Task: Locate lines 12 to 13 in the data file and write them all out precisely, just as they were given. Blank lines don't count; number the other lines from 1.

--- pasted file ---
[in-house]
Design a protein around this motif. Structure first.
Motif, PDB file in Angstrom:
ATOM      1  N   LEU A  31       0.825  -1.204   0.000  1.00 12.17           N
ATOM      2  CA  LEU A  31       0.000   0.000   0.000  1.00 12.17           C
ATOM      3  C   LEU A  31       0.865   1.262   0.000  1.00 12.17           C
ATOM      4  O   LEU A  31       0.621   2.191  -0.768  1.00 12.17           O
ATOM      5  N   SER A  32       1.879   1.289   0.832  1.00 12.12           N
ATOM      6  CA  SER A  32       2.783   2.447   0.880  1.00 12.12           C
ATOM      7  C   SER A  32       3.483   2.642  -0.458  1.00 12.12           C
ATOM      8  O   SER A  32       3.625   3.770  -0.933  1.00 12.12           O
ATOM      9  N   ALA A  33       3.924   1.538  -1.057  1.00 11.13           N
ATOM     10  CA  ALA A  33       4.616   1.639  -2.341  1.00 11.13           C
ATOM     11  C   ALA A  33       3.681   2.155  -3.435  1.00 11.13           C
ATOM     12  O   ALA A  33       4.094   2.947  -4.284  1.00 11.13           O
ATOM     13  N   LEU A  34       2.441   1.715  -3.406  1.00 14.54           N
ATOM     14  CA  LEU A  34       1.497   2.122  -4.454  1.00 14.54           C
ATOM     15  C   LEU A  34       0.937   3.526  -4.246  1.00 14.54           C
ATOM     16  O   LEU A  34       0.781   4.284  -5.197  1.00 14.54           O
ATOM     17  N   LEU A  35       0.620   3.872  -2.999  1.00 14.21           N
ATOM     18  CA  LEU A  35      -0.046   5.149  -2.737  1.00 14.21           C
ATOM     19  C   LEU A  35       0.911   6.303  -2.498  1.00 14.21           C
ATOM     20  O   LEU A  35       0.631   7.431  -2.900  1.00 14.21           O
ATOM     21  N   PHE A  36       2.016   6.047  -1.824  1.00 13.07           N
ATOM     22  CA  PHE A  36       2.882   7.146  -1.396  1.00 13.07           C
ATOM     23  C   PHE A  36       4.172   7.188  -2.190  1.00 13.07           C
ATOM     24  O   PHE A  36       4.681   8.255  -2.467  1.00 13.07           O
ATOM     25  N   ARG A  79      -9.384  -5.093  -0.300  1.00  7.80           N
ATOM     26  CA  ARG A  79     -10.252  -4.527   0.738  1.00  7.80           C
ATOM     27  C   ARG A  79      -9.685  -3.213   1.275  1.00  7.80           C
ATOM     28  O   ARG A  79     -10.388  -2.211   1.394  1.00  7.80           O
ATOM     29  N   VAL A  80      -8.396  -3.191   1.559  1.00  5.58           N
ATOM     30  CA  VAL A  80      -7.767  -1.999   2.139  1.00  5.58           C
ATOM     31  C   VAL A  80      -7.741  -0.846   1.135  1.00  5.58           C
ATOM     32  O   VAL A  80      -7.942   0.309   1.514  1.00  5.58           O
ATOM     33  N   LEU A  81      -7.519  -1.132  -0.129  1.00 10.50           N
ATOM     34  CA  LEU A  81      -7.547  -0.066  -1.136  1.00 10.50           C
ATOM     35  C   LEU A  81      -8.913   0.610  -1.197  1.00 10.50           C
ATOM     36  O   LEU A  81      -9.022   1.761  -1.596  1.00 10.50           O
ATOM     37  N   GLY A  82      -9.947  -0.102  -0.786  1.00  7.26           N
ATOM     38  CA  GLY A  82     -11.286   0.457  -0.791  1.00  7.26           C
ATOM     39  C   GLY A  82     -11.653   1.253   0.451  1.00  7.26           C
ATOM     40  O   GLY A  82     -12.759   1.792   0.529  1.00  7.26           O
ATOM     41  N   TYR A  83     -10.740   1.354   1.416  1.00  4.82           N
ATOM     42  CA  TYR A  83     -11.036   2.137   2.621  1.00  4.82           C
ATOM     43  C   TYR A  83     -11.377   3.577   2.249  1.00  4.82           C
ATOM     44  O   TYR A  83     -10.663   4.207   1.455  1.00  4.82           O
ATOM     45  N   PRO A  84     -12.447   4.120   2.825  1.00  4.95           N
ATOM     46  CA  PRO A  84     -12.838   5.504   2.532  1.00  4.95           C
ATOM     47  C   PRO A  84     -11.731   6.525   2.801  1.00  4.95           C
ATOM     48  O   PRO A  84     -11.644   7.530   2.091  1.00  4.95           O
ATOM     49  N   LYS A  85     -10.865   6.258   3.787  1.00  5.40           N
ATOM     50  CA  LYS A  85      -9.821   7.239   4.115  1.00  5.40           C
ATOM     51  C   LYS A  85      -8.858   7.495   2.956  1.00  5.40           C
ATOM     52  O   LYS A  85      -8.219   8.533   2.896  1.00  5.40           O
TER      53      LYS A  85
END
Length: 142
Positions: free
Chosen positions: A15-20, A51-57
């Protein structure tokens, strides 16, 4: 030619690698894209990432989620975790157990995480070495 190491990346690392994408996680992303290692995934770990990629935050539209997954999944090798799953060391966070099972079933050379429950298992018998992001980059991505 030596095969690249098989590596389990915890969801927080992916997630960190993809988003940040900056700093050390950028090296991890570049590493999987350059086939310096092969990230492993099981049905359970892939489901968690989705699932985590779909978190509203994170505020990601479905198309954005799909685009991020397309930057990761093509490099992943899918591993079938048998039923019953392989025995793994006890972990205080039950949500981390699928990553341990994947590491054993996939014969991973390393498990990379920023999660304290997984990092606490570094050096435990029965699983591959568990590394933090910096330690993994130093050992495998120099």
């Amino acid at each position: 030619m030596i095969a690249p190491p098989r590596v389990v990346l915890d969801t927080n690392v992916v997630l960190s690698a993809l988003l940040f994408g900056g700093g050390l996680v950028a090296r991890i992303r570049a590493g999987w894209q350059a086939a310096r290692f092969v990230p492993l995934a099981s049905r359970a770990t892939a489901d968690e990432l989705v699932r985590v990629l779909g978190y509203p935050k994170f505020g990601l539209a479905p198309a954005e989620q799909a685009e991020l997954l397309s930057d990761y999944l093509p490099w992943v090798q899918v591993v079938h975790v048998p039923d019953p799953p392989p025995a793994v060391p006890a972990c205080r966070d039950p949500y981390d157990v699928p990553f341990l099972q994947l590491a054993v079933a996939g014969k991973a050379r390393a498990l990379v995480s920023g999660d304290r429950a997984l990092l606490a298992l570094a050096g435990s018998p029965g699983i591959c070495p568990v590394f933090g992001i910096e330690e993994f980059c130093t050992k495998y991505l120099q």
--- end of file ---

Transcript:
ATOM      9  N   ALA A  33       3.924   1.538  -1.057  1.00 11.13           N
ATOM     10  CA  ALA A  33       4.616   1.639  -2.341  1.00 11.13           C